12. Fantastic post all around, Bruce, including that stack of pink LP covers at the top coordinating so nicely with Surrealistic Pillow itself. I’m with Marty in never having seen that fantastic shot of Grace and Janis together; those chicks aren’t to be messed with. (I can call them chicks since I’m one myself!). And you were very wise not to have boarded the Starship. I have unsettling memories of White Rabbit. When I was in middle school (this would be around 1971-72, or thereabouts), my class was assigned a book called Go Ask Alice, about a teenage girl who developed a drug habit and ultimately died of an overdose. Learning that the book took its title from the song, I sought the latter out….can’t remember where I found it…one of my older sibs must have had the album. I do, though, remember that the song struck me as being very eerie, which I’m sure was colored by what happened in the book. But I do love Somebody To Love. Slick just owns it. Interesting that Queen came out with their own song called Somebody To Love about a decade later, and it has a completely different feel…gospel-tinged and joyous, while the JA version just flat out kicks a–.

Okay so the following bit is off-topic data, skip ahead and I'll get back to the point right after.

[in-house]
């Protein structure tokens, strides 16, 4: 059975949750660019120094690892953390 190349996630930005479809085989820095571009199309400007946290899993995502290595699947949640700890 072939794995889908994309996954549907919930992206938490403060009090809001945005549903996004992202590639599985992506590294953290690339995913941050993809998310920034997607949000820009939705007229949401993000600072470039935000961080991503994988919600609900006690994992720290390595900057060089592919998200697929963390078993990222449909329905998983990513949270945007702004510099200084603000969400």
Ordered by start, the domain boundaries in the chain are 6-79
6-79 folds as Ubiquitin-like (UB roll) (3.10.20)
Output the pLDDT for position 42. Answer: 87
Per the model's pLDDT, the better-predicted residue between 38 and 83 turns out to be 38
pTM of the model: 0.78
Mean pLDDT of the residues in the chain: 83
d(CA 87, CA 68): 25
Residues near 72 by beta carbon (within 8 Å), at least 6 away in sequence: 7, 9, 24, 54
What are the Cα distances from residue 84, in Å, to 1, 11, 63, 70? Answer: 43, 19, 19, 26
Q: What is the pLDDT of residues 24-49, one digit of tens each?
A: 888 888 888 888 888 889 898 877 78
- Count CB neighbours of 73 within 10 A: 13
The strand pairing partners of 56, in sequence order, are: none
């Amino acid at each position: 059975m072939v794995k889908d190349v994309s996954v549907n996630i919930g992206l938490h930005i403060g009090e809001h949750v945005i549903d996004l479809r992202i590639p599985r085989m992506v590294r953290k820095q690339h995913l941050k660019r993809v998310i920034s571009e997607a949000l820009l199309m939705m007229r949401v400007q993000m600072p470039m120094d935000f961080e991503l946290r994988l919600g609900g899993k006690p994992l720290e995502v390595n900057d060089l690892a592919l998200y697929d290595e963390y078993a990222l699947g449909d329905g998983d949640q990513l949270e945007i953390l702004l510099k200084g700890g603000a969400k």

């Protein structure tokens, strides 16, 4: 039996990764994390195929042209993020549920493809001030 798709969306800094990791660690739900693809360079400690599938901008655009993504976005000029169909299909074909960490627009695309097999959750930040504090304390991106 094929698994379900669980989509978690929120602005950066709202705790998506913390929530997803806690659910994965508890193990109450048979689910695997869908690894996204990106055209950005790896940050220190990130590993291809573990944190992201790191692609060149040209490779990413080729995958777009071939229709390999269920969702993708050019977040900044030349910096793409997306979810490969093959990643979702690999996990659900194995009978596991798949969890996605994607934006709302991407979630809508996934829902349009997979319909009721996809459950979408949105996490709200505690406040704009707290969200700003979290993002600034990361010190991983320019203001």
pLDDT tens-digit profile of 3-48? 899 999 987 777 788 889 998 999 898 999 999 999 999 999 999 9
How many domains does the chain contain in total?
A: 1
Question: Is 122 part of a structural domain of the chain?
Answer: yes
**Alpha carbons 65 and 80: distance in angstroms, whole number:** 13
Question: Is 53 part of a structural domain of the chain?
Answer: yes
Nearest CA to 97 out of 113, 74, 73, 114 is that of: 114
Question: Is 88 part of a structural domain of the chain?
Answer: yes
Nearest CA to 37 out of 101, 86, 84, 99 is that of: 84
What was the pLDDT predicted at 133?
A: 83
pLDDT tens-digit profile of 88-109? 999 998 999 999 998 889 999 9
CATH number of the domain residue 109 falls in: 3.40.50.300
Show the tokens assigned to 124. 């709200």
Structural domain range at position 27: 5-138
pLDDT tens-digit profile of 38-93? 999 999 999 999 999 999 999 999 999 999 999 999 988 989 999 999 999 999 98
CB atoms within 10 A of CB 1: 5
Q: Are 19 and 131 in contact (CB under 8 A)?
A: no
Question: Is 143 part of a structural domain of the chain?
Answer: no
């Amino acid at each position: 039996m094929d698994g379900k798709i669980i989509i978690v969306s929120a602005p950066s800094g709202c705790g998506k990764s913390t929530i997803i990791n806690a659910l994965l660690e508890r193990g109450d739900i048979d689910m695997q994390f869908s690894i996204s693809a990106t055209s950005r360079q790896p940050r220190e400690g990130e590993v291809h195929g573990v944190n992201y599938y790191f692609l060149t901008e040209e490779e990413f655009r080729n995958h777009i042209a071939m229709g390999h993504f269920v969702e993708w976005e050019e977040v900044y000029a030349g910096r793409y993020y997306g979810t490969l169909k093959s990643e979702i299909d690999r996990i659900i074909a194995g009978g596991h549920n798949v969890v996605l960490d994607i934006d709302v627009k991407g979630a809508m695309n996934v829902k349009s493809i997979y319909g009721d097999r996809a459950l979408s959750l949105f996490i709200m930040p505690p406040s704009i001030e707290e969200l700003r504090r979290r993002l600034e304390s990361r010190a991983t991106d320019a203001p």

13. Nice link, JDB. I remember the book (though I did not read it). It was published in 1971, confirming your memory as an accurate timepiece, and I even recall some controversy around its’ subject matter.
    By the way, if you ever move to Melbourne (I think you’d enjoy it here – like Boston but rather bigger) I’ll let you into a top secret: you’re allowed to say asp (just don’t wear one as a fashion accessory).

    Liked by 1 person

    1. Meant to say that I look forward to seeing what other 1967 releases you focus on down the road. It was a stellar year, to be sure…

      Liked by 1 person

  14. Thanks to you all I just spent 20 min googling Jefferson Airplane and Grace Slick pictures, I am not sure this was a good thing.

    Liked by 1 person